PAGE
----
At the University of Pennsylvania, we have developed course projects for a large advanced undergraduate entry-level graduate course (CIS 553 / TCOM 512). Students work in teams to develop substantial distributed systems programming projects (>10000 lines of code) using network simulator 3 (ns-3), an emerging open-source network simulator that is aimed at replacing the popular ns-2 simulator. Projects are developed in layers, where students build upon earlier assignments, first developing a protocol for IP routing, followed by a distributed hash table (DHT) overlay network, and finally, a keyword-based search engine. One novelty of our assignments is the use of ns-3 in a large classroom setting, where students navigating through hundreds of thousands of lines of existing code before adding their extensions. In addition, selected groups develop the final project using declarative networking, a novel declarative framework that allows protocols to be rapidly synthesized using a high-level logic language into ns-3 implementations.
This website provides details of all our course assignments and initial code base based on ns-3 v0.9 (with our own modifications). If you are in an academic institution, please feel free to adapt and reuse our projects with acknowledgements by linking to this website. Instructors that wish to obtain our initial starting code for students, solutions and grading scripts should send email to Prof. Boon Thau Loo (boonloo AT cis.upenn.edu).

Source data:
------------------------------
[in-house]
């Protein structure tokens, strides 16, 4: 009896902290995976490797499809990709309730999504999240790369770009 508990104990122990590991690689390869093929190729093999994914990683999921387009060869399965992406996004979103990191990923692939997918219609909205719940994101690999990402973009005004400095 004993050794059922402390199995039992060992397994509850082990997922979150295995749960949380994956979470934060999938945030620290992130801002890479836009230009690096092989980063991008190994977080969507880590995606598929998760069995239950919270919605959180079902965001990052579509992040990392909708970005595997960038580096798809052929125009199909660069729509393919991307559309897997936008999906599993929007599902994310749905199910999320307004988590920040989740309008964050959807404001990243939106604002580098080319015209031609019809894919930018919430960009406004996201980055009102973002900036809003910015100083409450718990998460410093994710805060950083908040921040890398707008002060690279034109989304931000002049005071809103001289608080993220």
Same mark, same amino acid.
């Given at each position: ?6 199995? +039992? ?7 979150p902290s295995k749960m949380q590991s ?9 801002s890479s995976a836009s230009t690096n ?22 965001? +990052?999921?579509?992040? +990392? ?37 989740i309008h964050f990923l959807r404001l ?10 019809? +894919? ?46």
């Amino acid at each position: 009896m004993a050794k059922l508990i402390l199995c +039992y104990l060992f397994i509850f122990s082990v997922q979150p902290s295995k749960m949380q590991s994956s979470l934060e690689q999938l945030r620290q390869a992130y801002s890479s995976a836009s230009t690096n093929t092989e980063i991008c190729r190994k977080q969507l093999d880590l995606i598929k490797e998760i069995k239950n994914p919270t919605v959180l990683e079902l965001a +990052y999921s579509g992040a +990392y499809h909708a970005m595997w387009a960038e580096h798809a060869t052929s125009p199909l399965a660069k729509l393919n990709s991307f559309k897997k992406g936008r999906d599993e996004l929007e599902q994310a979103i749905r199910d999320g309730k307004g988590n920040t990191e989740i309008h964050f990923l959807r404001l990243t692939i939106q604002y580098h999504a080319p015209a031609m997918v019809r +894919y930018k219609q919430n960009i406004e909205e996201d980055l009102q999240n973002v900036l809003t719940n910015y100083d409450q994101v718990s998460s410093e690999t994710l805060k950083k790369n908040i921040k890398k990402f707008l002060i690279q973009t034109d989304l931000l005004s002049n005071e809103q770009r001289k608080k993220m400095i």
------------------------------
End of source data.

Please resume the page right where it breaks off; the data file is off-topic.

These projects are designed jointly by Qiong Fei, Boon Thau Loo, Taher Saeed, and Zhuoyao Zhang. This is a NetDB@Penn project. A high-level overview of the projects are described in the following technical report.
An Open-source and Declarative Approach Towards
Teaching Large-scale Networked Systems Programming. [Paper]
Taher Saeed, Harjot Gill, Qiong Fei, Zhuoyao Zhang, and Boon Thau Loo.
ACM SIGCOMM Education Workshop, Toronto, Canada, 2011.
Project 1: Routing protocol implementation
The first project extend ns-3 to support efficient routing using the link-state and distance-vector protocols.
Project 2 (option a): PennSearch implementation
The second project involves the design and implementation PennSearch, a peer-to-peer search engine that is layed over PennChord, a Distributed Hash Table (DHT) implementation based on Chord. A DHT lookup algorithm is the foundation of all structured peer-to-peer systems. It provides support for one operation: given a key, it maps the key onto a node. You will first develop PennChord, layered over the routing protocol implementation in project 1, and this will be used to support scalable keyword retrieval on the speclab cluster.
Project handout: PDF
Project 2 (option b): PennDHT in RapidNet
Design and implement a full-fledged DHT of their choice (or a significantly complex distributed system approved by instructor) using RapidNet, a declarative networking engine developed at Penn. This option requires significantly more work, and only groups that did well in project 1 are eligible for this option. A good implementation potentially can result in a contribution to our RapidNet code base, as well as learning about declarative networking techniques.